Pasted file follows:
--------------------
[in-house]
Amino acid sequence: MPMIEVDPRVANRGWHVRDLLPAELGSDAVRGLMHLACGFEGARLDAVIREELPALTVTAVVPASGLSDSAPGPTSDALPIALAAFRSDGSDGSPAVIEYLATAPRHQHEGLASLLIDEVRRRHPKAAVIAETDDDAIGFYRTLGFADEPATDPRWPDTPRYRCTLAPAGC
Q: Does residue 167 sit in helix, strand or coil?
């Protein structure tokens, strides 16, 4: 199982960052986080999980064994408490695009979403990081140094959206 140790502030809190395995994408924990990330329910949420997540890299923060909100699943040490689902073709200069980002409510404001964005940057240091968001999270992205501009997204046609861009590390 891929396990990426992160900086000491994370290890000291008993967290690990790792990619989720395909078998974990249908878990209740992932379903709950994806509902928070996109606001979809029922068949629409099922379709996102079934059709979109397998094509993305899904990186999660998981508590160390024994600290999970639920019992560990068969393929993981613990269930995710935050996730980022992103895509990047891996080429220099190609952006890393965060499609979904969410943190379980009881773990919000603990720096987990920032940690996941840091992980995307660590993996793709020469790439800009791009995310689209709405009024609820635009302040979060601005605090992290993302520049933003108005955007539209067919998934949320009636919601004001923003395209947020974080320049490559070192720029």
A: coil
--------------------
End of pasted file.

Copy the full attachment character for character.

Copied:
[in-house]
Amino acid sequence: MPMIEVDPRVANRGWHVRDLLPAELGSDAVRGLMHLACGFEGARLDAVIREELPALTVTAVVPASGLSDSAPGPTSDALPIALAAFRSDGSDGSPAVIEYLATAPRHQHEGLASLLIDEVRRRHPKAAVIAETDDDAIGFYRTLGFADEPATDPRWPDTPRYRCTLAPAGC
Q: Does residue 167 sit in helix, strand or coil?
């Protein structure tokens, strides 16, 4: 199982960052986080999980064994408490695009979403990081140094959206 140790502030809190395995994408924990990330329910949420997540890299923060909100699943040490689902073709200069980002409510404001964005940057240091968001999270992205501009997204046609861009590390 891929396990990426992160900086000491994370290890000291008993967290690990790792990619989720395909078998974990249908878990209740992932379903709950994806509902928070996109606001979809029922068949629409099922379709996102079934059709979109397998094509993305899904990186999660998981508590160390024994600290999970639920019992560990068969393929993981613990269930995710935050996730980022992103895509990047891996080429220099190609952006890393965060499609979904969410943190379980009881773990919000603990720096987990920032940690996941840091992980995307660590993996793709020469790439800009791009995310689209709405009024609820635009302040979060601005605090992290993302520049933003108005955007539209067919998934949320009636919601004001923003395209947020974080320049490559070192720029």
A: coil